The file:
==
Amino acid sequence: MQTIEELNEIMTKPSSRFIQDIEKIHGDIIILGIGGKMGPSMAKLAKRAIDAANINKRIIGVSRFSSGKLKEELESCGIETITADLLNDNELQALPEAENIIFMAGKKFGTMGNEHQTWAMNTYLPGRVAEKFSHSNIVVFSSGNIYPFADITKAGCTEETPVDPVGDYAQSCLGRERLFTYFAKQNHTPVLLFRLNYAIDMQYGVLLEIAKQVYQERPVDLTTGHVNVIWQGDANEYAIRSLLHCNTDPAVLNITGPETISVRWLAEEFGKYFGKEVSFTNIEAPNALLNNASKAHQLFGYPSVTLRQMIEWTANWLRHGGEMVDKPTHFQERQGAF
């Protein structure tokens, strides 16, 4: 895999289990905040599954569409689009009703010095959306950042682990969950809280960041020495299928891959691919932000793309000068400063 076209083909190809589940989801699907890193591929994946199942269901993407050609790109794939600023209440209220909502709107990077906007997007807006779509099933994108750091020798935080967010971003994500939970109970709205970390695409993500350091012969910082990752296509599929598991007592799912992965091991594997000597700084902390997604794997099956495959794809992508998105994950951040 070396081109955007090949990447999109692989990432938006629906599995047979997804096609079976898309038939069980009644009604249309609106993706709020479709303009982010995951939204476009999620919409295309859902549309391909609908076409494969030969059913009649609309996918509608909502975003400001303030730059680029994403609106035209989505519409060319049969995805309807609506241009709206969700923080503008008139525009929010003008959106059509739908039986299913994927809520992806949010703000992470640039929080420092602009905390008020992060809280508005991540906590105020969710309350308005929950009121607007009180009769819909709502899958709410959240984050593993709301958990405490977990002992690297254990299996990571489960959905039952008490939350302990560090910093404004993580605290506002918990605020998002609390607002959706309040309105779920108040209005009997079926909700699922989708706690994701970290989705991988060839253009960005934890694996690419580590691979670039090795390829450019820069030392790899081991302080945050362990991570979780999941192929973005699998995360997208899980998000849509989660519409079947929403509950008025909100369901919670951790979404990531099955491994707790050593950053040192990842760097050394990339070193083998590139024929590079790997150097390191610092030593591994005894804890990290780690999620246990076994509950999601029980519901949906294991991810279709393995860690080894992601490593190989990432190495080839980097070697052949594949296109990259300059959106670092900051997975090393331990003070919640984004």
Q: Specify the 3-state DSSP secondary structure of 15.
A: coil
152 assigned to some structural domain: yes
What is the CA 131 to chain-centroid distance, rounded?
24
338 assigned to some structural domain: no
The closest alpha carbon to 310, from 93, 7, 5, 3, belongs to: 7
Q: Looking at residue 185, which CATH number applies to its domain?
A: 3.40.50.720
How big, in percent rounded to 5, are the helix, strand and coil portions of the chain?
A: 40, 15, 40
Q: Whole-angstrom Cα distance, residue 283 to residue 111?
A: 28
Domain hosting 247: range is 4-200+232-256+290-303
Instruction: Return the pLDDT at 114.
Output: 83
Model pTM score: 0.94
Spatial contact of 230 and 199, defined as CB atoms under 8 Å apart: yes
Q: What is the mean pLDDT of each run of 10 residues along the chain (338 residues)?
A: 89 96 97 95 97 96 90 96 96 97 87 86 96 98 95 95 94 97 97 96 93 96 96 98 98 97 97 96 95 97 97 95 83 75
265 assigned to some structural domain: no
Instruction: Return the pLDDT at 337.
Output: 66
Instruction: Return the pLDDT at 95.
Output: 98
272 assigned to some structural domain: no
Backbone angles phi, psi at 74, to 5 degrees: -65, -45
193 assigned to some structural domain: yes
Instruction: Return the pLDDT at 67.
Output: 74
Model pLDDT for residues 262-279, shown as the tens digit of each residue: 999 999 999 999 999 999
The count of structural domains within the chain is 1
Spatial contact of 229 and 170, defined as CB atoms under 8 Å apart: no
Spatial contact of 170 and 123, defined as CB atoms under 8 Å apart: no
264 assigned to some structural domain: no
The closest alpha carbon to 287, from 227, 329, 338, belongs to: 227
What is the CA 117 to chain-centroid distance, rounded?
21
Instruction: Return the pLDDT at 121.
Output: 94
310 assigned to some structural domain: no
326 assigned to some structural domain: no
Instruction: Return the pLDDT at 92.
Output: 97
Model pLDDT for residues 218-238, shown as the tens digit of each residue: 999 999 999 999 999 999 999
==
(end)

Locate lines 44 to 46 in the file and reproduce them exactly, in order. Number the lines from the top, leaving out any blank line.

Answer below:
326 assigned to some structural domain: no
Instruction: Return the pLDDT at 92.
Output: 97